Target or Not, the NSA is Storing the Metadata of Millions
New report directly contradicts claims by Obama that the NSA only stores information from people who are specifically targeted
The NSA is recording the online metadata of millions of people—whether or not they are on the NSA target list—and dumping it into a repository where it is stored and searchable for up to a year, the Guardian revealed Monday citing documents provided by whistleblower Edward Snowden.
This new revelation directly contradicts claims by President Obama that the NSA only stores information from people who are specifically targeted.
Online metadata—which includes nearly every online activity, from browser history to email activity—is dumped by the NSA into a database codenamed Marina, internal NSA documents reveal. This data is then stored for up to a year. Guardian journalist James Ball reports:
"The Marina metadata application tracks a user's browser experience, gathers contact information/content and develops summaries of target," the analysts' guide explains. "This tool offers the ability to export the data in a variety of formats, as well as create various charts to assist in pattern-of-life development."
The guide goes on to explain Marina's unique capability: "Of the more distinguishing features, Marina has the ability to look back on the last 365 days' worth of DNI metadata seen by the Sigint collection system, regardless whether or not it was tasked for collection." [Emphasis in original.]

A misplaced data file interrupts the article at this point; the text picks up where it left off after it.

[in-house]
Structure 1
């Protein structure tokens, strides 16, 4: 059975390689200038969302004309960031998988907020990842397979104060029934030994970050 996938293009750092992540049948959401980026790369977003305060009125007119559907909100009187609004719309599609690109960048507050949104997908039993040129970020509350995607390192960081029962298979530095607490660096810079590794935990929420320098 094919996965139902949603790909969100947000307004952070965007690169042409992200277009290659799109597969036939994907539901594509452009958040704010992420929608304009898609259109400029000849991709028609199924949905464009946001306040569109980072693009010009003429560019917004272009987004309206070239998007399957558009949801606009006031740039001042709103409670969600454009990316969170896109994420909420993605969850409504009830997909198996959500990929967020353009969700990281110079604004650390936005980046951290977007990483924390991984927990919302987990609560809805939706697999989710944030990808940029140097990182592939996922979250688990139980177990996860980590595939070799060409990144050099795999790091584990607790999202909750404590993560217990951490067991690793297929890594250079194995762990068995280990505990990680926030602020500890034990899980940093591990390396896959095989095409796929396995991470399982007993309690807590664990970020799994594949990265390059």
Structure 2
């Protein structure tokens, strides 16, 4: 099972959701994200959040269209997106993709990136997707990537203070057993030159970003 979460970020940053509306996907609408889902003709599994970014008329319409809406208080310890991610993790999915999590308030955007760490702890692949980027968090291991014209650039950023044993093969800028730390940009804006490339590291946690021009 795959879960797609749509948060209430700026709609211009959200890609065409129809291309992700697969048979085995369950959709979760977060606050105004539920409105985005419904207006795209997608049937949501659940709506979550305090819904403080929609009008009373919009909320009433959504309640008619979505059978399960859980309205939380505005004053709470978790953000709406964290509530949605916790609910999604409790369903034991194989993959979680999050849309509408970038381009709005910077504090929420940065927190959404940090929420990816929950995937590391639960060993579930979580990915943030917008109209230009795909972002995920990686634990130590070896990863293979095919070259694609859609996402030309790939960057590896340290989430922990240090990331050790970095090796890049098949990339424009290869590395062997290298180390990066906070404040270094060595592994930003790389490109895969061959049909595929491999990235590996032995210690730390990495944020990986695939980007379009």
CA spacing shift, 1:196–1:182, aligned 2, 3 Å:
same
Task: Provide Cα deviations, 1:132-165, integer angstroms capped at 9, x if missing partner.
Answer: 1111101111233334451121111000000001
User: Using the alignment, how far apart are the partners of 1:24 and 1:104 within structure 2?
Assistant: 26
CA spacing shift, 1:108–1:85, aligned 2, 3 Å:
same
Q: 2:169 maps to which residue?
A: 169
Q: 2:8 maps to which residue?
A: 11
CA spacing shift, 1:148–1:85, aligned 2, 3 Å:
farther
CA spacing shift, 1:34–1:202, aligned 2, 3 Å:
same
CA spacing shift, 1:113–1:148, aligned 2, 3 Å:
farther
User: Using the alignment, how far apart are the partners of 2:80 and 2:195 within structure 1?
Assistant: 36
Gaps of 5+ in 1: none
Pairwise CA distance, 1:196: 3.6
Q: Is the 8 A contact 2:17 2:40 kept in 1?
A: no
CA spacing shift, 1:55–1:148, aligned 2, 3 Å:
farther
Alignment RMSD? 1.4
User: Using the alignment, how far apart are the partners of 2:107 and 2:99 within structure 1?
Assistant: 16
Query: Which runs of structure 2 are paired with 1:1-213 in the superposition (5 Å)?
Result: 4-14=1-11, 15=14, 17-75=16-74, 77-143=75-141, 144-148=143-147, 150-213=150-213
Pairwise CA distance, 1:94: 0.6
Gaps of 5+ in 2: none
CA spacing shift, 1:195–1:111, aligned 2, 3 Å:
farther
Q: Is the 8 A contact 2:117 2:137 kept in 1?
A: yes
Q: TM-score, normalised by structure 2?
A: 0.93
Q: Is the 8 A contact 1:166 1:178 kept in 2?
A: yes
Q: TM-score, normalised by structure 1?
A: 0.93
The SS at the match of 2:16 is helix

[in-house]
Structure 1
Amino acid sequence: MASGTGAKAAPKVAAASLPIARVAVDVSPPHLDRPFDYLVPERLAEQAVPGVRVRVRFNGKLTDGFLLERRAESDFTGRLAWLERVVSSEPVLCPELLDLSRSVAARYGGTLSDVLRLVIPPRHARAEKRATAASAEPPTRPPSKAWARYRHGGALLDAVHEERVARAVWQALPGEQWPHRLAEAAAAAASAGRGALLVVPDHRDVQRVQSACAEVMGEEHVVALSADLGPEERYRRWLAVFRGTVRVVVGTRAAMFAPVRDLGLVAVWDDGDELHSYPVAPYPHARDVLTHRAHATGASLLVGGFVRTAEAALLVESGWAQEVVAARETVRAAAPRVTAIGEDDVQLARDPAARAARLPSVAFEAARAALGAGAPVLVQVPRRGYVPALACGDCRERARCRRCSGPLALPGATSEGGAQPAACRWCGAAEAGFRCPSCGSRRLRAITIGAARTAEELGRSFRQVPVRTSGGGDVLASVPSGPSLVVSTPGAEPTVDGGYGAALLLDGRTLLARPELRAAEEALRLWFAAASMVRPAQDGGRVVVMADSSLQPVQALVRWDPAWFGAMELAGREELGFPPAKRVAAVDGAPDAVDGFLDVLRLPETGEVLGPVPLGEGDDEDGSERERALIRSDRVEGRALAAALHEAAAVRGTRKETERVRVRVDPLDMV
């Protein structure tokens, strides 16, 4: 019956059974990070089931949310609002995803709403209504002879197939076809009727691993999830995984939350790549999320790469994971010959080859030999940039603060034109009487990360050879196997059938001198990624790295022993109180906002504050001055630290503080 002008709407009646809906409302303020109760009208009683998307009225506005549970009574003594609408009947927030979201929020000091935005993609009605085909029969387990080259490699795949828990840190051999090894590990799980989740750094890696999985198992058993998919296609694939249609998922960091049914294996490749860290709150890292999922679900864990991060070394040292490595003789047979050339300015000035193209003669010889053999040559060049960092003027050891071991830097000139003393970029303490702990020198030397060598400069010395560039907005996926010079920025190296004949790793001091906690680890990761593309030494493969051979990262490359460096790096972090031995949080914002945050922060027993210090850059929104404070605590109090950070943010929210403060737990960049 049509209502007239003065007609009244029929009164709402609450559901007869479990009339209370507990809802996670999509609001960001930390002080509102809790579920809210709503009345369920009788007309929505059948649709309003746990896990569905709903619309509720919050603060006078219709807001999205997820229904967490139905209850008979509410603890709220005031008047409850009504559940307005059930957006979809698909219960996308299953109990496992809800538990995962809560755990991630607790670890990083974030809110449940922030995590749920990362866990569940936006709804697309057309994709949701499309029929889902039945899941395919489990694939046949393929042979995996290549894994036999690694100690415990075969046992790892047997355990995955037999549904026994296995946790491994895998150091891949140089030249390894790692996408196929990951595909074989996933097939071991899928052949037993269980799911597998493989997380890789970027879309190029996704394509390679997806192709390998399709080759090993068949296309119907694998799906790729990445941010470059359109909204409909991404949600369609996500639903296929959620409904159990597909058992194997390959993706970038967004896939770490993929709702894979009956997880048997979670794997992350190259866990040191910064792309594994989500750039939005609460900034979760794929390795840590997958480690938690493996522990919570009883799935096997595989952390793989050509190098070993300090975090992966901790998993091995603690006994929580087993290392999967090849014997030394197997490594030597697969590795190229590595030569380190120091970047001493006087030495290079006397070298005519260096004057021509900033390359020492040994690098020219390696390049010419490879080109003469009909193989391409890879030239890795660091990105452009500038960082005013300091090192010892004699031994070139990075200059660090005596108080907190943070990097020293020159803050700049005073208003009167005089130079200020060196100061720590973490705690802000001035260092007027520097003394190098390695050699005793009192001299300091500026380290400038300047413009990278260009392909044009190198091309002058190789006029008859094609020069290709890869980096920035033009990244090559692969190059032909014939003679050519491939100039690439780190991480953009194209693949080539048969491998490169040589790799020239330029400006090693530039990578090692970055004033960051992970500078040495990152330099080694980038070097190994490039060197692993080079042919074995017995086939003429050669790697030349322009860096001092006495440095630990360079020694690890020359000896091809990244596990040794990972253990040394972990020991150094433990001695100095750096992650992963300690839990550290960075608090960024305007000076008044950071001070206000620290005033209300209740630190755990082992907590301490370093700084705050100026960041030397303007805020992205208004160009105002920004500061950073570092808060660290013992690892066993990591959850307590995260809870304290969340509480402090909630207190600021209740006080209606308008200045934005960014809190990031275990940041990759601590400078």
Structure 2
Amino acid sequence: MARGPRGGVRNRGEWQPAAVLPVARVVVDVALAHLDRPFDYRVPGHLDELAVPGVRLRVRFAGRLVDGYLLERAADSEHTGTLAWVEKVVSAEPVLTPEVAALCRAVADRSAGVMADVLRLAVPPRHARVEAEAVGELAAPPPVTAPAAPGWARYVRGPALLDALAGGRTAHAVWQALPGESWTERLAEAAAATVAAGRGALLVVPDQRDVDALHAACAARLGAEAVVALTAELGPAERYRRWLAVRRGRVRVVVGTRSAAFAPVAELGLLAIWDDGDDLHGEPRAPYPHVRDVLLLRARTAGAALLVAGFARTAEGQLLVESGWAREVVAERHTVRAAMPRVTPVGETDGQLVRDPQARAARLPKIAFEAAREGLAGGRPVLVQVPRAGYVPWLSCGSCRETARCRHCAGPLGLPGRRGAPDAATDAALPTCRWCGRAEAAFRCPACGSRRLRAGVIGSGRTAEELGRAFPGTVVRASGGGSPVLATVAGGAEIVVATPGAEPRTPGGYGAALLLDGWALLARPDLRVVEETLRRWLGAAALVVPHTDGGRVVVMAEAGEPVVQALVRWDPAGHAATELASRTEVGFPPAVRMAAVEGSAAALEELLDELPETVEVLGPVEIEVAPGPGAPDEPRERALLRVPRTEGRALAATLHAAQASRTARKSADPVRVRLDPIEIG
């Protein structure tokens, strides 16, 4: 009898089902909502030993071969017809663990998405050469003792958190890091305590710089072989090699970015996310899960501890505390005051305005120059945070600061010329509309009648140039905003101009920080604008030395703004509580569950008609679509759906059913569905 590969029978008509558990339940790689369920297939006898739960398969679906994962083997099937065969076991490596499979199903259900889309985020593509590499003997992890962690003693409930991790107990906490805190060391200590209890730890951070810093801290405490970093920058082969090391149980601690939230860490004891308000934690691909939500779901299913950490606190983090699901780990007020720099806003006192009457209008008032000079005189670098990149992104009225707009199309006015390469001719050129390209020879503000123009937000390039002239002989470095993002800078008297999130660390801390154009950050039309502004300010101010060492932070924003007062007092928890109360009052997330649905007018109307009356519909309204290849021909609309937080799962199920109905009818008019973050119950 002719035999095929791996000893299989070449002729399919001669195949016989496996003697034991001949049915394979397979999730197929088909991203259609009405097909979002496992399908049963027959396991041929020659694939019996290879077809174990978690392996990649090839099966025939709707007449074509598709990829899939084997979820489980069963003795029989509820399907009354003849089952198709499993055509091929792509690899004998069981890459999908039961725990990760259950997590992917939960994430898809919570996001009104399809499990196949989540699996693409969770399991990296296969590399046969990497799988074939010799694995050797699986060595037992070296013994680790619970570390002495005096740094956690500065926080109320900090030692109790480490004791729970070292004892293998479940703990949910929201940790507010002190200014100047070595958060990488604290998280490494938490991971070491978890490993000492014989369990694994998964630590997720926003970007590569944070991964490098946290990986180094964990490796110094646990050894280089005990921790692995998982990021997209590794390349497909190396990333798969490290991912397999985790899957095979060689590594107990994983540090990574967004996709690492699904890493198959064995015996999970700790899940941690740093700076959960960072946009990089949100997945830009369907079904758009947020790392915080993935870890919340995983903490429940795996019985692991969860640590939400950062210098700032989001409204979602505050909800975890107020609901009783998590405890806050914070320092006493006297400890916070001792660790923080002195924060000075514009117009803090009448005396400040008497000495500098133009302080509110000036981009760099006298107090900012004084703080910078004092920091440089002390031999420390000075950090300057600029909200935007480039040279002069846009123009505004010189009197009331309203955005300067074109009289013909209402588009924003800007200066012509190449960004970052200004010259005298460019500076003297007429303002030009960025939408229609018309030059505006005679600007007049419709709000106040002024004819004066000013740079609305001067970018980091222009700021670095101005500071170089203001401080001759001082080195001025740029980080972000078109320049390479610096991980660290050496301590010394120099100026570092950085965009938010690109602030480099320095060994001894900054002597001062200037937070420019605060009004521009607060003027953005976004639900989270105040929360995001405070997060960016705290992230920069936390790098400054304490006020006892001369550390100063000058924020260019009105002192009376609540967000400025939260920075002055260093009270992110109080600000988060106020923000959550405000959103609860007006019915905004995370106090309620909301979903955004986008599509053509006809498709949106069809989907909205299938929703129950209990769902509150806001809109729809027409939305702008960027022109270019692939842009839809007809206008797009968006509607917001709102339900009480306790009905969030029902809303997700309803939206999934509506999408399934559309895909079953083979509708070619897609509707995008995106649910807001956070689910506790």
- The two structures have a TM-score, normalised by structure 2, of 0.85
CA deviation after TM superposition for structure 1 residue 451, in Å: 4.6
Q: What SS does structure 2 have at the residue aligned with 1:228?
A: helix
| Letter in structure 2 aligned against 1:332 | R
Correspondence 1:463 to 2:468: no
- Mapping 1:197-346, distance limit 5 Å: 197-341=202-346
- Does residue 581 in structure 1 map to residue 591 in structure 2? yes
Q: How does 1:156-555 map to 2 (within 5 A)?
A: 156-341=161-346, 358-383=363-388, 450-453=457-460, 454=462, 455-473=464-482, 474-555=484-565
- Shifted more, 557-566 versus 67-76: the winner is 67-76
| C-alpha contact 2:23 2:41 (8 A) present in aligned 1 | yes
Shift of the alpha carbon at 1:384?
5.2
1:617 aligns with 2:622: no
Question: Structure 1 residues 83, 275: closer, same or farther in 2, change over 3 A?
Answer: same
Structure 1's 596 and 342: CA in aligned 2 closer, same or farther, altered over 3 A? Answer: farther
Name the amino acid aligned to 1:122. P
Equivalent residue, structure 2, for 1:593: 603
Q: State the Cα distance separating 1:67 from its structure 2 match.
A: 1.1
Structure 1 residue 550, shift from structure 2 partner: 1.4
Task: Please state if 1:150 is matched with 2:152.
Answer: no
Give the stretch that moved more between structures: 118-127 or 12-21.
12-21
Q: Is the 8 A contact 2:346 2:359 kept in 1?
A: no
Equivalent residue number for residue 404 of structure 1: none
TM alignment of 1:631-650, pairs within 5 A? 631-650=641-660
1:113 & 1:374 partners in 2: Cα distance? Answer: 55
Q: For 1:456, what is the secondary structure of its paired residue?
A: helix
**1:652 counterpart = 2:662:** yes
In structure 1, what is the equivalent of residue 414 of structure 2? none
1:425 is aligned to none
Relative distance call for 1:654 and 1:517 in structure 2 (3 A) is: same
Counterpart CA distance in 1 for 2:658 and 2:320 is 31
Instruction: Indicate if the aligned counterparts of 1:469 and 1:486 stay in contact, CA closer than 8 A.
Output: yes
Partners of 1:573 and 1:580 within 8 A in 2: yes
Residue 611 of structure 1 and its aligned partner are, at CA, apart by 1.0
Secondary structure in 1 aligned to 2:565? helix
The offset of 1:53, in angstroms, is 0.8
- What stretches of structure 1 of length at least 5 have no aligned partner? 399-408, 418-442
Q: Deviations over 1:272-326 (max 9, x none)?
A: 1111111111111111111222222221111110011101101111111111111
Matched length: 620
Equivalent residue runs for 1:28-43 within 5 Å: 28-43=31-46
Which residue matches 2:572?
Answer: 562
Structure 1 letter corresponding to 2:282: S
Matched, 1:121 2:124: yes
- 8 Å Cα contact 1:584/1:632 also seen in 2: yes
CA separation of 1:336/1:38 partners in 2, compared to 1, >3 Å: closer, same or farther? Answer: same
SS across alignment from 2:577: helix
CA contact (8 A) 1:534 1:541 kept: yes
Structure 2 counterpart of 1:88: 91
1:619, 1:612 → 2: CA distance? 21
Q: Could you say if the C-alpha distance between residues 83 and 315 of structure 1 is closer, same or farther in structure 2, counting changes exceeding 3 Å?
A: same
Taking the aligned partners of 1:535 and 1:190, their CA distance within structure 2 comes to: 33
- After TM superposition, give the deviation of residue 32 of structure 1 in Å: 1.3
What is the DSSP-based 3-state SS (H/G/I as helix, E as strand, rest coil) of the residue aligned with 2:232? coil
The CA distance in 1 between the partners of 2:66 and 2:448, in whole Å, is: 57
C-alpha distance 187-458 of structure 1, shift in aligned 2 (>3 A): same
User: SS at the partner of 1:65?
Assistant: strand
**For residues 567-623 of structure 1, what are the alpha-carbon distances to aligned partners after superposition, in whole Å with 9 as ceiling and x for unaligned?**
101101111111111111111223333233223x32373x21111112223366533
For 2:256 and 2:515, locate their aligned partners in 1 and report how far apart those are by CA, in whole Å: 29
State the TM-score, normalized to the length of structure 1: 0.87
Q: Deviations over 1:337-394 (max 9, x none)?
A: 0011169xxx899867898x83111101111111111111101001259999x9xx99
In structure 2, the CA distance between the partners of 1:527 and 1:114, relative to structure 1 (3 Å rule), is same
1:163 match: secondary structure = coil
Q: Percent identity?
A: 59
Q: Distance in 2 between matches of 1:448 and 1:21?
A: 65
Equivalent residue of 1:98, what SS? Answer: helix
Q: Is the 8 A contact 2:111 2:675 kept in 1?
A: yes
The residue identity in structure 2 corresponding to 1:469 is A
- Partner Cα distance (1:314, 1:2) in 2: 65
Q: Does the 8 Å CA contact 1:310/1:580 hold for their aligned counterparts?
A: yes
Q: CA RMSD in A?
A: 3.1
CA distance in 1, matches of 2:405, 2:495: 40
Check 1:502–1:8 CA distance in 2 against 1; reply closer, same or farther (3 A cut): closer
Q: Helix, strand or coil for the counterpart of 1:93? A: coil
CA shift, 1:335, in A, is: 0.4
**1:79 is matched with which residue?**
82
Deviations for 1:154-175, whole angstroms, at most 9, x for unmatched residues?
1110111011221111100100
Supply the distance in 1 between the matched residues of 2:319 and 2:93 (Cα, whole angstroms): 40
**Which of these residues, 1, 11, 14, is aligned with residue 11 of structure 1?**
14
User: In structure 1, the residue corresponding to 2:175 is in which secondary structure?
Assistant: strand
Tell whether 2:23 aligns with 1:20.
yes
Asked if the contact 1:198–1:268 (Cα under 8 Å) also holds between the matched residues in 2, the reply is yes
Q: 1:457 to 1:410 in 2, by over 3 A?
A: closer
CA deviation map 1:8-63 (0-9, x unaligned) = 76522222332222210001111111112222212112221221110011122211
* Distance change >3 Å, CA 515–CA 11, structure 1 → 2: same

Civil liberties advocates slammed the findings that the NSA is not only spying on millions of people without justification but is also holding onto the information it obtains. “This report confirms what whistleblowers have been saying for years: the NSA has been monitoring virtually every aspect of Americans' lives – their communications, their associations, even their locations," ACLU Deputy Legal Director Jameel Jaffer told Common Dreams in an email.
The new report follows revelations on Saturday that the NSA is using online and phone data swept up in its vast spying dragnet to build social profiles of U.S. citizens, in some cases augmented by information from the commercial sector.